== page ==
Palazzo Comunale - Town Hall, Bologna

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Piazza Maggiore, 6

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  • Palazzo Comunale - Town Hall
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    Palazzo Comunale
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    Palazzo Comunale
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    Municipal Art Collection at the Bologna Town Hall

    by von.otter Updated Oct 21, 2014

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    Founded in 1936, Il Palazzo Comunale di Bologna le Collezioni Comunali d’arte (Bologna’s Municipal Art Collection) is located in what was once the winter apartments of the Cardinal Papal Legates on the first floor of Palazzo Comunale. The rooms are decorated with friezes and ceiling paintings from the sixteenth to the early nineteenth century. This is a major collection of paintings, furniture, furnishings, house hold goods, from major donations made to the City of Bologna primarily during the nineteenth and early twentieth century.

    Take note of “Genius” (see photo #5) by Giacomo de Maria (1762-1838), a Bolognese Neoclassical sculptor. This 1797 work stands in an elaborate presentation piece at the far end of the Galleria Vidoniana, Room #4, in the Collezioni Comunali d'Arte.

    Opening hours, Tuesday to Friday: 9.00 am to 6.30 pm; Saturdays, Sundays and Holidays: 10.00 am to 6.30 pm

    Neptune, Municipal Art Collection, Bologna, 5/2010 Neptune, Municipal Art Collection, Bologna, 5/2010 Neptune, Municipal Art Collection, Bologna, 5/2010 Lectern, Municipal Art Collection, Bologna, 5/2010 Municipal Art Collection, Bologna, 5/2010
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    Palazzo d'Accursio detto Comunale

    by croisbeauty Updated Feb 18, 2013

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    Palazzo d'Accursio originally was the residence of the jurist Accurssius. In 1336 it became the seat of the "Anziani" (Elder) the higest magistrates of the commune and then the seat a city government. In the 15th century it was restored by the Italian architect Fioravante Fioravanti who added the clock tower (Torre d'Accursio). Over the portal is a large bronze statue of the Bolognese Pope Gregory XIII, from 1580.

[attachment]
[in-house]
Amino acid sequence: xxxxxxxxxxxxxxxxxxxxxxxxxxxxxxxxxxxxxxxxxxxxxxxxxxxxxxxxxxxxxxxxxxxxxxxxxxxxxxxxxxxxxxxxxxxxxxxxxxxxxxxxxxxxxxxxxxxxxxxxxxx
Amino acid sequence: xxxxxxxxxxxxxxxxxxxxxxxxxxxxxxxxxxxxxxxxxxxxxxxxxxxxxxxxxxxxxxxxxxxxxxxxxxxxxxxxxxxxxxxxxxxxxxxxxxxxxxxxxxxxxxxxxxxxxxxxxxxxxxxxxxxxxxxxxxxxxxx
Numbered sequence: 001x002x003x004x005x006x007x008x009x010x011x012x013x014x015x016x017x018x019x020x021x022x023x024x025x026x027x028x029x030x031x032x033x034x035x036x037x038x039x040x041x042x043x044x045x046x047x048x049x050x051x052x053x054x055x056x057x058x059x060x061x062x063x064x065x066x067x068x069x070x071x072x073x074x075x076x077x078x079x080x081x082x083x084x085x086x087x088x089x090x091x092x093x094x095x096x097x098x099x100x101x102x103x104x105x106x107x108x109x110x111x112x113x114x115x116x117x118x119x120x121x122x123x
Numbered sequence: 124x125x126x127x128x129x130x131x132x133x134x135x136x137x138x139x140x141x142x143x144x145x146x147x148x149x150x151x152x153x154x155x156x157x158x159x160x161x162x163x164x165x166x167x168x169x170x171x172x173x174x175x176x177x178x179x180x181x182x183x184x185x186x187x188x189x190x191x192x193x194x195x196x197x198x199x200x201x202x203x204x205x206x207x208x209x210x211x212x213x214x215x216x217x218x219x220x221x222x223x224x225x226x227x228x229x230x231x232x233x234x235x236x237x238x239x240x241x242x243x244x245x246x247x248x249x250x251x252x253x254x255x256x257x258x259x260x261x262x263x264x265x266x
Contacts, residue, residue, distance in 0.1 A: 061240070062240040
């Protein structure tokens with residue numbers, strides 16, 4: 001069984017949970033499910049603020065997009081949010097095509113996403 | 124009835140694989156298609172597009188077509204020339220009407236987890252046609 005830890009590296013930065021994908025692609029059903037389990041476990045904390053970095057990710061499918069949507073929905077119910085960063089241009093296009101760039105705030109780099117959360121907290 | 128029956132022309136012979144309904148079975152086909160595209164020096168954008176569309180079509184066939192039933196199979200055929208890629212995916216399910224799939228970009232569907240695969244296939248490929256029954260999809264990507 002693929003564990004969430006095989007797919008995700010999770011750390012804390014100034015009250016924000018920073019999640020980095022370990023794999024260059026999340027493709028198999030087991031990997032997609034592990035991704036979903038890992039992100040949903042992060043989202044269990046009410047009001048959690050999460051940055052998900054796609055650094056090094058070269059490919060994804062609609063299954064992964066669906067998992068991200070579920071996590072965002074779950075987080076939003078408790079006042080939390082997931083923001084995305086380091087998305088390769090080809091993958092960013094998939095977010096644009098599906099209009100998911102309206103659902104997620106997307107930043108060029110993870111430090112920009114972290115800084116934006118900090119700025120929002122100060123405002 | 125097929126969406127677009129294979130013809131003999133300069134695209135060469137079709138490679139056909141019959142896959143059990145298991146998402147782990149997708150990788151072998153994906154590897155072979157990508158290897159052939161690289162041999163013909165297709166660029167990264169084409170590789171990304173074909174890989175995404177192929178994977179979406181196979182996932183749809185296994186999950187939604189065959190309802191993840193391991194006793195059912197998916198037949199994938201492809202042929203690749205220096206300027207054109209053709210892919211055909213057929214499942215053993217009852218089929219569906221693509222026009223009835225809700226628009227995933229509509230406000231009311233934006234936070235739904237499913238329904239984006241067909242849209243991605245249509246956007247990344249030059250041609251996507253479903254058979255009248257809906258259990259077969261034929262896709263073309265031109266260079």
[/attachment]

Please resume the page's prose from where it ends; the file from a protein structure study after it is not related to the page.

The construction of this imposing building was carried out throughout several years by uniting different buildings.
    The building looks like a castle whose walls construction began early in 1336. On the facade there is the "terracotta" (earthenware).
    Inside the building there are two lovely courtyards "Cortile d'Onore", the courtyard for the guest of honour while visiting Bologna, while the second one is "La Cisterna".
    The palace is home of the Civic Art Collection with paintings from the Middle Ages to the 19th century. It also houses the Museo Morandi, with the works of Italian painter Giorgio Morandi, donated to the commune by his family.

    Palazzo Comunale Palazzo Comunale Palazzo Comunale Cortile d'Onore Cortile di Palazzo Comunale
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    Palazzo Comunale 2

    by croisbeauty Updated Feb 10, 2013

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    The part of the Palace that ovelooks Piazza del Nettuno is covered with tablets in memory of those who died while defending the town. Palazzo Comunale is very huge building which occupies large space, the side that overlooks via Ugo Bassi is turned into the museum. It is where a beautiful fountain "Fontana Vecchia" is located, work of Tommaso Laureati from 1565.
    In the side which overlooking Via IV Novembre is incorporated Torre Lapi, right into the walls of Palazzo Comunale complex. Torre Lapi dates back to 1359. Under Napoleonic rule in Bologna, the tower was reduced almost by half, that could be 30 meters, to the current 18.

    Palazzo Comunale Palazzo Comunale Fontana Vecchia Palazzo Comunale

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    Palazzo Comunale: Pope Gregory XIII Bronze

    by von.otter Updated Apr 26, 2011

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    “Gregory XIII, Hugo Buoncompagno of Bologna, who had raised himself to eminence as a jurist and in the civil service, was cheerful and lively in disposition.”
    — from “The History of the Popes, Their Church and State” 1853 by Leopold von Ranke (1795-1886)

    Above the entrance gate to Palazzo Comunale is a 1580 bronze of the Bologna’s native son, Gregory XIII. Alessandro Menganti created the likeness of this reforming pope between 1576 and 1580. It was saved from France’s invading, destructive, anti-papal Grande Armée when Bologna’s citizens disguised it to resemble their patron saint, San Petronio.

    Ugo Boncompagni was born on the 7th of January 1502, in Bologna. He studied law, and later taught at Bologna’s university; his students included a future cardinal, Alexander Farnese and a future saint, Charles Borromeo. Cardinal Boncompagni was called to Rome in 1539 by Pope Paul III, who him employed in various offices.

    Following his election to the throne of St. Peter, Cardinal Boncompagni chose the name Gregory XIII, in honor of Pope Gregory I, in whose footsteps he planned to follow as a reformer of the church.

    Gregory XIII is best known for giving the world a new calendar, the Gregorian Calendar vs. the old Roman Julian Calendar.

    Pope Gregory XIII; Bologna, May 2010 Pope Gregory XIII; Bologna, May 2010 Pope Gregory XIII; Bologna, May 2010 Pope Gregory XIII; Bologna, May 2010 Pope Gregory XIII; Bologna, May 2010
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    Municipal Art Collection, Bologna Town Hall Part 2

    by von.otter Updated Oct 19, 2010